Steinberg says reductions to state programs have real world effects.
“It’s important to get out of the capitol when talking about the budget.”
To make his point, he invited a couple reporters on a budget tour of Sacramento. His 14 year old son Ari came along too.
“Ari want a half a sandwich honey? Have a half a sandwich! Eat!”
Our first lunch hour stop: Smythe Academy Middle School.
“Erik Swanson, Principal here.”
Principal Swanson says he had to let nine of his sixteen teachers go last year because of state budget cuts. He points to a box of Kleenex on his desk, and says class sizes are up, morale is down.
“The tissue over there is not for kids, it’s for adults. I tell my students that all the time.”
Swanson says this school year will also be three days shorter.
“Hey David, how’re you doing man?”
Our next stop is a different kind of classroom at the Greater Sacramento Urban League. David DeLuz heads up the organization. He says 30 percent of his clients rely on the state’s welfare to work program, known as CalWorks.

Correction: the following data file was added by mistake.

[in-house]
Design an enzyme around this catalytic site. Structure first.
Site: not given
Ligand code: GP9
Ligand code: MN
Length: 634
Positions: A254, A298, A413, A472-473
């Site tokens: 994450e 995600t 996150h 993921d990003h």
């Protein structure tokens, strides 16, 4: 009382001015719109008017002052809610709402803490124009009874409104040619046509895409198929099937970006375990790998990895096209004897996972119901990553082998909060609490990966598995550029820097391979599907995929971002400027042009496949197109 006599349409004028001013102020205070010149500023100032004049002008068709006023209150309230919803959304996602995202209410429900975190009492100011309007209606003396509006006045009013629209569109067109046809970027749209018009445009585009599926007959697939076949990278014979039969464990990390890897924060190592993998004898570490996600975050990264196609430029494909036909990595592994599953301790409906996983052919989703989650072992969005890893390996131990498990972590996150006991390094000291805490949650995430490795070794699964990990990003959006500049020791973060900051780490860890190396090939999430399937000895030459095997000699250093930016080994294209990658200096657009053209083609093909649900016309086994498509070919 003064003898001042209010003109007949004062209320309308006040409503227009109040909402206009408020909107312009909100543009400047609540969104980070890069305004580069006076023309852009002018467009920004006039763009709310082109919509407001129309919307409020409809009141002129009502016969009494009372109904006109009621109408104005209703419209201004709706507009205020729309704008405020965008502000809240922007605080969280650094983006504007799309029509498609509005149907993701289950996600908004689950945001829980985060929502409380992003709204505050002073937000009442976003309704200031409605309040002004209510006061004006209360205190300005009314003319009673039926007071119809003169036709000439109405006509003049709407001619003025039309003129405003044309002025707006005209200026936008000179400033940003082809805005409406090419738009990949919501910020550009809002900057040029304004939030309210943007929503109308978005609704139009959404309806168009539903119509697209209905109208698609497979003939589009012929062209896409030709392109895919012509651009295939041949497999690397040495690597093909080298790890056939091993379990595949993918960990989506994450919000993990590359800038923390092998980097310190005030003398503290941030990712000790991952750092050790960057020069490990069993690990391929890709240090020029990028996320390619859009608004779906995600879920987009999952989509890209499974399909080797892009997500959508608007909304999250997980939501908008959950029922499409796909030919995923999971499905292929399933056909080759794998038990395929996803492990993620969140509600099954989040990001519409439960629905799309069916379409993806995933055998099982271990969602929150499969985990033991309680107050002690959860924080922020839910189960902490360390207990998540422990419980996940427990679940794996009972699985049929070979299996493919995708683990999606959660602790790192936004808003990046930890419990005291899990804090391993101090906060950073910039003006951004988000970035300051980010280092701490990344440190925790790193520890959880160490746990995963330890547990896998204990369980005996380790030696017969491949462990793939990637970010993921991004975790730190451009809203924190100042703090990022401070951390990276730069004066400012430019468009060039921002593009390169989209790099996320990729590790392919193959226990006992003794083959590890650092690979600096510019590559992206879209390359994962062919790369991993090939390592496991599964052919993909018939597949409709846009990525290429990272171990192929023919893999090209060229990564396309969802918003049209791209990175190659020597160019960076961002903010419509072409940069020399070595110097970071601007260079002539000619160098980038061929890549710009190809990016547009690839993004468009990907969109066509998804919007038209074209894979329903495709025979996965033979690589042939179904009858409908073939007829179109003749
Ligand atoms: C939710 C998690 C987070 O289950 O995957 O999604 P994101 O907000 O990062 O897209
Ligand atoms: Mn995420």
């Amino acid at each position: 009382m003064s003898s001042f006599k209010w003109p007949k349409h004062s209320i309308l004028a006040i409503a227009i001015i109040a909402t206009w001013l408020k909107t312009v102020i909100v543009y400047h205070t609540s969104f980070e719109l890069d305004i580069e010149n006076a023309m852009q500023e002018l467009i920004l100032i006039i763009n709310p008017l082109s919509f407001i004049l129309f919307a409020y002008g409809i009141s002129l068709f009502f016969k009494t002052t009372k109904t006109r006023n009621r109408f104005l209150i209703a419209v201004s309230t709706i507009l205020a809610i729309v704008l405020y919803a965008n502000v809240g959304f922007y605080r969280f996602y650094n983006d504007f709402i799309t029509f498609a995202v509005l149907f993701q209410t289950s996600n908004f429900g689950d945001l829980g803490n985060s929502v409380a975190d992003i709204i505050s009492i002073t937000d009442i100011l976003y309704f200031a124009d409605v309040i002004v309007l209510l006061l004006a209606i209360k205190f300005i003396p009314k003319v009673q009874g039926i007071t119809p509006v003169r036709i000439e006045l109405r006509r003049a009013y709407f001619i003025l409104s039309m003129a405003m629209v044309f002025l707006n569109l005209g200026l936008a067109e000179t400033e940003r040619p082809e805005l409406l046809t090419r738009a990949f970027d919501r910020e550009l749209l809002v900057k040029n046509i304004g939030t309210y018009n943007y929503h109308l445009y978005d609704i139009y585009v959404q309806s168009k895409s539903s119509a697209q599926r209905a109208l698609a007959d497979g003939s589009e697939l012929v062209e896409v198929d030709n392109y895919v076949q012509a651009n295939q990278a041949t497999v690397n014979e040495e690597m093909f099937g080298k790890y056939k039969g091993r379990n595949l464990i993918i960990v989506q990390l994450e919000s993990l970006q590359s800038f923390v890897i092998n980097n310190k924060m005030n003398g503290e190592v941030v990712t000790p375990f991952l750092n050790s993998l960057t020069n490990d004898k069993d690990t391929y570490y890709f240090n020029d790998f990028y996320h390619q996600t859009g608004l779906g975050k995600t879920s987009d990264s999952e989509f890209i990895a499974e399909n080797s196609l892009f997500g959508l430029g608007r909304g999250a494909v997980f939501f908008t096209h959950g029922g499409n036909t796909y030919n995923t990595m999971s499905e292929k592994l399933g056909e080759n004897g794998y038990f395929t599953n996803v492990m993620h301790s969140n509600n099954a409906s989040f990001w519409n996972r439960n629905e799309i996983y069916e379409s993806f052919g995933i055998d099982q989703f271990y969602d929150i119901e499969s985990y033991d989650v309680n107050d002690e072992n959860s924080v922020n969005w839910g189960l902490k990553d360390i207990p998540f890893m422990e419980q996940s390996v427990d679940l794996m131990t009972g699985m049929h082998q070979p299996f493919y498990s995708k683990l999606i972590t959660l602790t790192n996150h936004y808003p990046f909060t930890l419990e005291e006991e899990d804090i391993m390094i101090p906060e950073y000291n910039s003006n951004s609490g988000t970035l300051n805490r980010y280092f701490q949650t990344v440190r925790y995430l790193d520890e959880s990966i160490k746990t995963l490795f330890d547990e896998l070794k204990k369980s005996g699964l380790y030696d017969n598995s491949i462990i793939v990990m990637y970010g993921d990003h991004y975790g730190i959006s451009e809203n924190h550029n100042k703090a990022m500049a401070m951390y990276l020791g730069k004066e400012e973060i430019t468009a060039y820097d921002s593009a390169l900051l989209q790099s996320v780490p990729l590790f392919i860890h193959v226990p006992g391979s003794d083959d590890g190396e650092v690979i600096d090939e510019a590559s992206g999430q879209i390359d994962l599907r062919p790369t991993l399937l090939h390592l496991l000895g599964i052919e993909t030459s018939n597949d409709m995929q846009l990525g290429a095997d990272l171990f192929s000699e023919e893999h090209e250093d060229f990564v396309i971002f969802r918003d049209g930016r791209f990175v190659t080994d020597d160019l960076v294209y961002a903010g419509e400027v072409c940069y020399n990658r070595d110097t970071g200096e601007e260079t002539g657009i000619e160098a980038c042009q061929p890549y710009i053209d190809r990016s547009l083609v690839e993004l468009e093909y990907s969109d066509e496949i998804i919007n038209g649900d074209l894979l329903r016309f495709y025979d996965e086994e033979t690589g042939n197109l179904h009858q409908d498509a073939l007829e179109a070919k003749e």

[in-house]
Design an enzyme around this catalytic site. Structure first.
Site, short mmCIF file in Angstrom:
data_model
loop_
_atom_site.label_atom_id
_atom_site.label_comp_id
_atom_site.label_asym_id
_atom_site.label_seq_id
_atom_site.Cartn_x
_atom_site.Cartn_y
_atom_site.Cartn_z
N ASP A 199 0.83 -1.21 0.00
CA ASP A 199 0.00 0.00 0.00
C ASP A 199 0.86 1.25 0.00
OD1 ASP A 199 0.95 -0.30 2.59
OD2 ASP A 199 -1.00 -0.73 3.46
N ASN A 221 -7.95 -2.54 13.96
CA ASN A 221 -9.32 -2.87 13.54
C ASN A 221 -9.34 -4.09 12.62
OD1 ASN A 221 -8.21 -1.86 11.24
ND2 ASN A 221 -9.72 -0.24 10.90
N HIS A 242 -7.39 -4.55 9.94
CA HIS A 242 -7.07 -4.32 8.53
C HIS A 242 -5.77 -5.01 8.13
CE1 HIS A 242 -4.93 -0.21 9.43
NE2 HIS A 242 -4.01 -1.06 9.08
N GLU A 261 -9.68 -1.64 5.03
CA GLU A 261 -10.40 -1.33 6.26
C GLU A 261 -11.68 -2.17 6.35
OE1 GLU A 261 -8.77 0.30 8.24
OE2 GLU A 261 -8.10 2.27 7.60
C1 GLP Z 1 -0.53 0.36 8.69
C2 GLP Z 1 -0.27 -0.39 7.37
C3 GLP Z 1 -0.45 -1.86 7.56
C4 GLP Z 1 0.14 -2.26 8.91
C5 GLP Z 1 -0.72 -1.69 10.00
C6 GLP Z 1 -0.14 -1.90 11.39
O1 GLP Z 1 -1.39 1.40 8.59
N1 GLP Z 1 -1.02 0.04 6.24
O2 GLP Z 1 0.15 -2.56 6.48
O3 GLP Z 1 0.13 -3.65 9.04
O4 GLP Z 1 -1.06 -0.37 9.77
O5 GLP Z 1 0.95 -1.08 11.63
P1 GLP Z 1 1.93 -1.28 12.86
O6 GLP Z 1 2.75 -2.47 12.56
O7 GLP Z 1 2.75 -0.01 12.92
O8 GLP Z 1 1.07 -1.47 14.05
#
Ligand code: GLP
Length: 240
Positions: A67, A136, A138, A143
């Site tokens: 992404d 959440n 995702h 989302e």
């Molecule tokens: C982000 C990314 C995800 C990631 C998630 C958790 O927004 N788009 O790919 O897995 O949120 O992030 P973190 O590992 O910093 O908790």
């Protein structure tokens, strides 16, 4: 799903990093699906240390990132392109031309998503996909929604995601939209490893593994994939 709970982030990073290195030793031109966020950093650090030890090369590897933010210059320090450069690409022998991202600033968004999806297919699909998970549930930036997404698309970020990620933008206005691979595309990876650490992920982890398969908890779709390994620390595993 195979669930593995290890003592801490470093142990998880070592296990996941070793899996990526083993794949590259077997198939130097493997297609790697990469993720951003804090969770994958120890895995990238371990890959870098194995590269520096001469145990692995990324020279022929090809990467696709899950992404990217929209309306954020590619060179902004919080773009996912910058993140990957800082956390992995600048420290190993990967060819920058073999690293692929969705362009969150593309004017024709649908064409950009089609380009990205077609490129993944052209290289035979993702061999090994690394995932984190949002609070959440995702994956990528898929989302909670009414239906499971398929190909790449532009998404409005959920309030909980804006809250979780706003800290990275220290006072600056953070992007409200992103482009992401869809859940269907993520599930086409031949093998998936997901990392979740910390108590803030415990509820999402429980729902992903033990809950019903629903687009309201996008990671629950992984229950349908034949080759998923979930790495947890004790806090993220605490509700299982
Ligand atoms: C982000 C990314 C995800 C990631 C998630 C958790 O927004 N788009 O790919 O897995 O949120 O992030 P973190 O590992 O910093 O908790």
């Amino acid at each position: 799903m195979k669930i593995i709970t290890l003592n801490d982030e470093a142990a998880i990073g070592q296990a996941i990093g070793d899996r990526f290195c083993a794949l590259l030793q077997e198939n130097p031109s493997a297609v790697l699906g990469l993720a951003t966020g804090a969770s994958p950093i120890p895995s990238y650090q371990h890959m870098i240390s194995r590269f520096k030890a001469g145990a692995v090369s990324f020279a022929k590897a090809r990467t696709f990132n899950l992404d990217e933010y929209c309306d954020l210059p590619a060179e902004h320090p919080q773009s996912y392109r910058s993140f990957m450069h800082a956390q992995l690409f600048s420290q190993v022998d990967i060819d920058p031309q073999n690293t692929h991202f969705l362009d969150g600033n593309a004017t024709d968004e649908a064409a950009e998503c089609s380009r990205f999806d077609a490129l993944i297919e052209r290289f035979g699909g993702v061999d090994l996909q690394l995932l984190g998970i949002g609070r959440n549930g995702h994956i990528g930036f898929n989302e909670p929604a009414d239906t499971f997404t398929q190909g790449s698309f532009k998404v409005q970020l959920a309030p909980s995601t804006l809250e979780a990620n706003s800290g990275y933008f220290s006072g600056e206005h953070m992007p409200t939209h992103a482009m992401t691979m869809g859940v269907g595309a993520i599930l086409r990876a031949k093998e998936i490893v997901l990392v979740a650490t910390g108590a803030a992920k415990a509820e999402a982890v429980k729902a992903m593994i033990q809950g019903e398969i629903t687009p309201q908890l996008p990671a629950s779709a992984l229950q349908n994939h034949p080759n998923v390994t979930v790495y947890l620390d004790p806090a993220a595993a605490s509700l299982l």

“But if they have to make a tradeoff between being in class and getting a GED and having to take a job because they have to put food on the table you know what they’re going to choose.”
Republicans support Governor Schwarzenegger’s plan that would eliminate CalWorks. Steinberg says that’s unacceptable.
“This year we have another deficit and we unfortunately have to make more cuts but what we’re fighting with the governor about right now is how deep can those cuts be.”
But the governor’s spokesman Aaron McLear says the state only has so much money to go around.
“We understand how difficult these cuts are but with a 19 billion dollar deficit there are no good solutions. What we’re not going to do is what Senator Steinberg suggested and that’s to increase taxes on the middle class by about 1.8 billion dollars.”
The Democrats plan includes income and car tax increases, and a decrease in the sales tax. The governor has said he will not sign a budget that includes tax hikes.